Nathan J

Nathan J

Who would have thought that Nathan J.’s madness came out of some good old fashioned family values? For those who don’t know, Nathan is the creator of the internationally acclaimed Scary Girl series of graphics, comics, and vinyl toys. He is also involved in shaping the face of MTV Canada with his creepy, goo-dripping Fauna series of kaiju toys. He now lives in Toronto, but his accent is unmistakably Australian. Read on for insight into his creations, mythological inspirations and his little-known admiration for Olivia Newton John. (Am I joking? Keep reading.)

“I think a lot of people don’t really realize that many of the vinyl toy designers began in more mainstream fields and then later branched.”

Format: How did you get started with toy making?
Nathan J: Commercially it began in 2001 when I was approached by the HK design company Flying Cat. I received a phone call in the middle of the night by the owner who’d been following my stuff and thought it was appropriate for toy designs.

Format: What were some of your favorite childhood toys?
Nathan J: I used to play with Lego, Masters of the Universe, Smurfs, Star Wars, Six Million Dollar man, silly putty.

Format: Were Kaiju, (Asian monster toys) more available to you, growing up in Australia, due to its proximity to Asia?
Nathan J: There were a lot of cheap plastic figures around – usually bulk sets of dinosaur creatures in clear bags or buckets. Though I can’t recall if Kaiju was really that much more accessible.

Format: Your work on Scarygirl has some dark fantasy and lowbrow themes. Where are those coming from? Outside influences?
Nathan J: My father’s side of the family is Lithuanian/Latvian/German and I used to get stories told to me about the myths and folk tales of those regions. My grandparents were quite influential. Human nature and the way we deal with various situations in life seem to come out in my work possibly due to a strong religious background.

Format: You did some work with MTV Canada for their Fauna project, designing graphics and actual vinyl kaiju toys for them. How did that come about?
Nathan J: It was a great project to work on and first began by MTV asking me to do some internal show and tell spots for their art department. I was later asked if I’d like to collaborate on a character based series of TV spots and at the same time got Klim from Big Shot Toyworks to help consult on turning some of the characters into resin figures.

Format: How do you feel about your work being consumed by the mass market through venues like MTV? Do you think that vinyl should stay underground or do you enjoy the pop-culture recognition it is starting to get in the West? Do you think it will ever achieve the same level as it has in Asia?
Nathan J: I think a lot of people don’t really realize that many of the vinyl toy designers began in more mainstream fields and then later branched. I was mainly an editorial illustrator who was used to seeing my images on the cover of magazines or for advertising campaigns so the idea that my work appeals to a broader audience doesn’t bother me at all. That being said we have really pushed the MTV figures into a niche market by only releasing a very small number and creating them in a more sculptural form. The whole vinyl toy thing has actually gotten bigger than in Asia. The market in Japan in particular has reduced and we are now seeing many Japanese designers crossing over into western markets.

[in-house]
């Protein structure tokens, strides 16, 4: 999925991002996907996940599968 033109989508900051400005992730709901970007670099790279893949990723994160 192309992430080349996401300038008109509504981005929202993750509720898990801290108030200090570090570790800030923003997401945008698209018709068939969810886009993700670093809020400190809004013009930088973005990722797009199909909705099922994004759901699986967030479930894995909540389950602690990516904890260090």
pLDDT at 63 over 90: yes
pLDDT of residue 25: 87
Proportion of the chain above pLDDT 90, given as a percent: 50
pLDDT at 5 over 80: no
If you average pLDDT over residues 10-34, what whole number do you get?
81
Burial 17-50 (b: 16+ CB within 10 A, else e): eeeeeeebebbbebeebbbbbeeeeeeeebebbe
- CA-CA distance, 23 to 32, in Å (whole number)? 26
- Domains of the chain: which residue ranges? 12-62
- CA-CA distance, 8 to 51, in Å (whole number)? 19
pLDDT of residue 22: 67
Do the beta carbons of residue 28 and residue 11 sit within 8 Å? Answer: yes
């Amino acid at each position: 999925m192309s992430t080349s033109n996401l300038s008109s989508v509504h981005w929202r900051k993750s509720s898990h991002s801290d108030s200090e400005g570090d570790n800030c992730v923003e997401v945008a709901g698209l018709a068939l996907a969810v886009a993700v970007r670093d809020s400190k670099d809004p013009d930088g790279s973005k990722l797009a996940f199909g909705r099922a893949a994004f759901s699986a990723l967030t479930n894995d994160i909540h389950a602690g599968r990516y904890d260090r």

Nathan J

Format: How did you feel about the Aussie fad coming to North America in the ’80s? Did Australians even know it was happening?
Nathan J: I knew that Olivia Newton John became quite popular in the 80’s but I wasn’t that up with North American culture.

Format: Who are some other Aussie artists that you are down with?
Nathan J: Lots of really interesting and diverse artists are from Australia, though not many remain there. People like Rinzen, Marc Newson, Brett Whiteley, Pro Hart, Princess Tina, Huntly Barton, Phibs, Deane and Gypsy Taylor and many more.

Format: Do you find that your work is influenced by Australian aboriginal culture?
Nathan J: A little bit. Australian suburban ‘culture’ has a really unique sense of humor and I’m really into the painting techniques and story telling of Aboriginal art.

Format: Are there any toy shops in Australia that our readers should know about?
Nathan J: Outre Gallery, Ruben Rat, I can’t think of too many off the top of my head.

Format: Can you tell us about your future plans?
Nathan J: I’m working on multiple Scarygirl projects in 2008 including a graphic novel trilogy, online game and a couple of solo exhibitions. The game and graphic novels are based on Scarygirl’s journey to discover who Dr. Maybee is. The book will be published by Allen and Unwin in Australia and distributed worldwide. The online game will go live hopefully by mid-2008.

Nathan J

Jesse Ship
I'm currently Managing Editor of this little web mag here.
Jesse Ship

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3 comments

  1. Nathan’s future plans, dreams and aspirations have certainly been realized on a mega scale. His Scarygirl graphic novel has been published and will be released October 2009.I have a prerelease copy before me and it’s fabulous. The density of each page gradually reveals this unique girls quest to find her roots. The story line is a mixture of Eastern European folk lore and classic psychology.
    The online game with its multi layered Flash levels is both a gaming challenge and aesthetic experience. This is being acknowledged by worldwide acclaim through prestigious design industry awards.
    The feature film for Scarygirl is progressing with ever increasing momentum.
    I am an avid follower and collector of this genius’ creations.

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